"My prison play-fellow," cried the prince; "this for me is a dangerous recognition. I pray you be wise, and—as you were ever—kind, and keep my secret close."
"Alas! my lord," said Robert, "you have opened your hand, and let the winged fool fly unwittingly, if you think it has not been discovered by yonder false loon. Know you where you are?"
"Then I am betrayed! I see it, feel it. Farewell, Robin, my fleet legs will outrun their slow pursuit."
"Nay, an' that were possible," said Clifford; "but it is not; let me better advise your highness; trust me you shall be free; but hark, they come; I must not be found here. Show no suspicion; yield to your fate as if you knew it not, and confide in me; my hand on it, this night you are at liberty."
Clifford quitted the apartment by the opposite door, while Frion entered from the other, beckoning the duke to approach. He took him by the hand, and led him to Lord Fitzwater, who started back when he saw him, and was about to exclaim; but Frion, in French, addressing him as the Sire de Beverem, entreated his kind favour for Perkin Warbeck, the gallant youth before him. The baron evidently was ill-pleased at the part he had consented to play; he said a few words with an ill grace, and bidding Perkin welcome, promised him favour, and permission for the present to remain in his abode. Richard saw through the flimsy disguise which the Englishman threw over his native speech, though he did not know who his receiver was; but, feeling that it was best to follow his young friend's counsel, he replied, also in French, that, at his guide's invitation, he had eagerly sought an interview with the renowned Sire de Beverem; that the honour done him would be deeply engraven in his heart; that on some future occasion he would gratefully avail himself of his offers; but, at the present time, he had left his home without intimating any intention, of a prolonged absence, and that he owed it to a kind kinswoman, not to disquiet her by delaying his return. He prayed the noble to dismiss him therefore, craving leave only to attend him some other day.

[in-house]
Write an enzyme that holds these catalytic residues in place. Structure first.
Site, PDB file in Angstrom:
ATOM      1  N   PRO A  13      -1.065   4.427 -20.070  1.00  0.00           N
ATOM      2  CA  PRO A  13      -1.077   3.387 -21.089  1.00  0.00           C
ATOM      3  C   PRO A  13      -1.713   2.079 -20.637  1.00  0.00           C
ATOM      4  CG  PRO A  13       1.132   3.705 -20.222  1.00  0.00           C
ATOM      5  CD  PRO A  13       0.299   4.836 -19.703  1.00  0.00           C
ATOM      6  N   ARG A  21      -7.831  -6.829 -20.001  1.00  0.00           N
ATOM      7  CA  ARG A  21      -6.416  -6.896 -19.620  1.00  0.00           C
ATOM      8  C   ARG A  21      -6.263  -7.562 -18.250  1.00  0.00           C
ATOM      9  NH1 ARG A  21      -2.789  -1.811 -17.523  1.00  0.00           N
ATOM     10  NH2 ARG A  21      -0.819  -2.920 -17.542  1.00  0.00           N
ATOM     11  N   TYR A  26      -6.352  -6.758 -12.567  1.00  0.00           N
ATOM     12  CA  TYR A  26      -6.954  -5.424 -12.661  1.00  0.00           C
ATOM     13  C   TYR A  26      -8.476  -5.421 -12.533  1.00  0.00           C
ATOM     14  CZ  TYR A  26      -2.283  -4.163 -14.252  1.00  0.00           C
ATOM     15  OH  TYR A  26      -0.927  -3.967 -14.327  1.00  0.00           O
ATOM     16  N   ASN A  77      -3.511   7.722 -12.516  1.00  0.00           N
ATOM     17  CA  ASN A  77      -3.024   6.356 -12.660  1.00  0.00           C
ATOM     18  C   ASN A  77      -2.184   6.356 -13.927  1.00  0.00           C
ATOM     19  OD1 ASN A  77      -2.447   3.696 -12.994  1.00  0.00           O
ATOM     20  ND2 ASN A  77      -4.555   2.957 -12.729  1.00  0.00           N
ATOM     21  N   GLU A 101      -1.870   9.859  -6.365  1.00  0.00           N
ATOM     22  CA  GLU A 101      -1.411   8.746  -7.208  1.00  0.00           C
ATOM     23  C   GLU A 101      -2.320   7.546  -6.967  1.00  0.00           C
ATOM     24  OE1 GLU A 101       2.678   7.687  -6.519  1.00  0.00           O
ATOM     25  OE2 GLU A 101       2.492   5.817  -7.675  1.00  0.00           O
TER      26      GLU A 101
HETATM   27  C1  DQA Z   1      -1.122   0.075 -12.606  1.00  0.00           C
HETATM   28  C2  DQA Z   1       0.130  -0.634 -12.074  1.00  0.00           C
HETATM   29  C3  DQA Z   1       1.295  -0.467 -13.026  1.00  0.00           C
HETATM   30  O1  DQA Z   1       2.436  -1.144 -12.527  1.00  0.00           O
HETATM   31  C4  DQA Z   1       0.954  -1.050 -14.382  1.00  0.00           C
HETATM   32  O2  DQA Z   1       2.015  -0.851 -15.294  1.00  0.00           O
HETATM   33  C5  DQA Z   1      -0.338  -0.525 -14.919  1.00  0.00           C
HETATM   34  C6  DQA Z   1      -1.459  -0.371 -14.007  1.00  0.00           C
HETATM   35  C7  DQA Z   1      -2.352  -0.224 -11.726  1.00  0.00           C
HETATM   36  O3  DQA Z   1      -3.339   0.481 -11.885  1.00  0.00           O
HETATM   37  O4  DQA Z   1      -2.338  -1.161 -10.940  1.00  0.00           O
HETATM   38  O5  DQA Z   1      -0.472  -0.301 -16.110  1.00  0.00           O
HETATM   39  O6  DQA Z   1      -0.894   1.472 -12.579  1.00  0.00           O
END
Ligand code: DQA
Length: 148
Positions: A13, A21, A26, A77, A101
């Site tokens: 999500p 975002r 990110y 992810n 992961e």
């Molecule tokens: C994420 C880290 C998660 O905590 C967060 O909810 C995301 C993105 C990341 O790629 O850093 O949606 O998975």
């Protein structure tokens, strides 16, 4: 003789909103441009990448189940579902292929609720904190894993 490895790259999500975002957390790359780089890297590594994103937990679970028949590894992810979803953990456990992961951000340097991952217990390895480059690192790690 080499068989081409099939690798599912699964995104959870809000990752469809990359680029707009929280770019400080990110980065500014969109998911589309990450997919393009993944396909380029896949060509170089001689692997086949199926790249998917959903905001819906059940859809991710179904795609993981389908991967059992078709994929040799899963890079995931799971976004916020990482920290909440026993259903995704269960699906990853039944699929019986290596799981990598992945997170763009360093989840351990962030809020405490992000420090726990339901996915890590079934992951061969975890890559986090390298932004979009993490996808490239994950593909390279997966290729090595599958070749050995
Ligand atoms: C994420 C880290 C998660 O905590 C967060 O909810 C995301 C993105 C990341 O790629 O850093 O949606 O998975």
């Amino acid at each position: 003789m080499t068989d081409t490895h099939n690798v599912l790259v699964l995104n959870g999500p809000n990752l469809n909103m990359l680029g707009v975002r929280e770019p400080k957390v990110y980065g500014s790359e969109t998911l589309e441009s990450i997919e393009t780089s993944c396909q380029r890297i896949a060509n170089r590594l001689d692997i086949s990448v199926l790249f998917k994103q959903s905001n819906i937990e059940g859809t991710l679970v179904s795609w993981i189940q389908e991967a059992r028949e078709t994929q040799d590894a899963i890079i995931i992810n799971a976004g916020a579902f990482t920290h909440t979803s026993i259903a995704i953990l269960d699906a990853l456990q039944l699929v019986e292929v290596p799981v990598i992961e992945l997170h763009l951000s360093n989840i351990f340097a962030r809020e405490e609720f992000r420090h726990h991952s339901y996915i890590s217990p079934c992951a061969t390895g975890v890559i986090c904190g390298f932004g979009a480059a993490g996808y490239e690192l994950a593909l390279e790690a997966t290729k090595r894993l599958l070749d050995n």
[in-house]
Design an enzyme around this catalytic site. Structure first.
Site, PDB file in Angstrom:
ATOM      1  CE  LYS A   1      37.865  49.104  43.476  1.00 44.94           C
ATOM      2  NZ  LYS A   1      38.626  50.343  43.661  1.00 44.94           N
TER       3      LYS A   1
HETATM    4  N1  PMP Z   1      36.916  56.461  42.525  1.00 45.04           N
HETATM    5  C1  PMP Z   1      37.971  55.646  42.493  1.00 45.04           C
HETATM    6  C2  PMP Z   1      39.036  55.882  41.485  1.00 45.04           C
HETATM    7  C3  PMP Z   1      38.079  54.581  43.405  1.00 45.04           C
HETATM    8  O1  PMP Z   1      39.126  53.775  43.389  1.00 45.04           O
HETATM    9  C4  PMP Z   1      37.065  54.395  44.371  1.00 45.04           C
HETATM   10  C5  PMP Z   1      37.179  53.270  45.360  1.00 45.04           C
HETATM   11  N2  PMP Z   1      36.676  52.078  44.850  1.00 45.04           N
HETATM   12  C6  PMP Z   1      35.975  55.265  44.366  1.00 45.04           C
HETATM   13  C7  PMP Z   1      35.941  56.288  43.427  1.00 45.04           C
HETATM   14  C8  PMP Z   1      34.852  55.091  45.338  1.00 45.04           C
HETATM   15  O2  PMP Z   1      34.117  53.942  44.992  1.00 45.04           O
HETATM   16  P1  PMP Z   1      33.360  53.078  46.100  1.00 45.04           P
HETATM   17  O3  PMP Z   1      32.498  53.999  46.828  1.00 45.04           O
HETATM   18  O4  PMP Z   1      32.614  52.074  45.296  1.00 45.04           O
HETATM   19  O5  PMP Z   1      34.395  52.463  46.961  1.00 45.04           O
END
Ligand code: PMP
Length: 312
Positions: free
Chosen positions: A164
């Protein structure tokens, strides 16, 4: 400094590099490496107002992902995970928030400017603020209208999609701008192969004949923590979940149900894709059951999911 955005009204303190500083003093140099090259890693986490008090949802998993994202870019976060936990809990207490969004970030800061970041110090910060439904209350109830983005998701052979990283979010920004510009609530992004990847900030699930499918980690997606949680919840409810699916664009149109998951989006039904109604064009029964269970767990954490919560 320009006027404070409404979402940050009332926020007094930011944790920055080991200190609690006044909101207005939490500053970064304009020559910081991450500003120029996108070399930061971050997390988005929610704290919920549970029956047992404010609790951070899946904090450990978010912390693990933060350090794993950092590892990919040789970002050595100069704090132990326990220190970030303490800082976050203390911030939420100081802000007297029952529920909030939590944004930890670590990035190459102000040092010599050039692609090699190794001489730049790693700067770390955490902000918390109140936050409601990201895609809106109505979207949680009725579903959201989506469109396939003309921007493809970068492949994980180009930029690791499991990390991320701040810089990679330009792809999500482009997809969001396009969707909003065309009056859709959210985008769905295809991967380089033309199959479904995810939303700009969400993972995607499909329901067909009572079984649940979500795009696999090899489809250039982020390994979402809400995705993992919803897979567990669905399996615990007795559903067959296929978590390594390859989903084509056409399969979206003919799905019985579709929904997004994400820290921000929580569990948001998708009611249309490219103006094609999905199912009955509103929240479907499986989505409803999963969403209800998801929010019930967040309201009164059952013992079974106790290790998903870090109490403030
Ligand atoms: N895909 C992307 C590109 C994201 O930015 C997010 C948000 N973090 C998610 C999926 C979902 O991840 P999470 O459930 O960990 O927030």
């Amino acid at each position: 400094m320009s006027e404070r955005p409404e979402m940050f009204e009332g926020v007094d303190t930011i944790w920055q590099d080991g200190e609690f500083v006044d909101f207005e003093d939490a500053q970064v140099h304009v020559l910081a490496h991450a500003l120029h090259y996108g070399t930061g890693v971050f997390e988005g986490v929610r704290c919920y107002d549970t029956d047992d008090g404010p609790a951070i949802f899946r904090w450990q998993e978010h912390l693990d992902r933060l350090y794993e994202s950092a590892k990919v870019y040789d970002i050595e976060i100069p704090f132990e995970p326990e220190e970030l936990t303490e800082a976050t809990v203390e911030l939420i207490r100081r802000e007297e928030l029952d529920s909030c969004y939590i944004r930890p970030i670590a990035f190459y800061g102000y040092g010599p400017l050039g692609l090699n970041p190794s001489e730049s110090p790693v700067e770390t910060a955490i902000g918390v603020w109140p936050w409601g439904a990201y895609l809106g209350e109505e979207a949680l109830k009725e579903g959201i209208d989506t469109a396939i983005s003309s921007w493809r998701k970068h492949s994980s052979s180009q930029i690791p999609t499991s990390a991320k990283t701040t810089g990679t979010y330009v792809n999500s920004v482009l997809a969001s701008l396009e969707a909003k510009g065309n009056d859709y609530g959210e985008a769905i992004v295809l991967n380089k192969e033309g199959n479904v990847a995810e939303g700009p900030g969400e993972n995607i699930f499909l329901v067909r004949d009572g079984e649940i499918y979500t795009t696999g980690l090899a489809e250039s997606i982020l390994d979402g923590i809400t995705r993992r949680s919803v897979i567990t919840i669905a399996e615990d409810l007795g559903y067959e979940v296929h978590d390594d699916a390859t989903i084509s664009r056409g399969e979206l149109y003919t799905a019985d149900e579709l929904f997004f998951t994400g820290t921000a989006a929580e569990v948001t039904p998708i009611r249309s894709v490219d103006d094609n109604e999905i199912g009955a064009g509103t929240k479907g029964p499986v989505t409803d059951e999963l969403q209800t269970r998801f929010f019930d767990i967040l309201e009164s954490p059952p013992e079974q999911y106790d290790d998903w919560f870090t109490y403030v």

"Be it so," said Fitzwater; "to-morrow at dawn you shall depart hence; but you must not refuse my proffered hospitality. I shall introduce you to my household as one who ere long will be admitted into it, and show my friend. Sir Lalayne, who is now here, what gentle boors our Flanders breeds."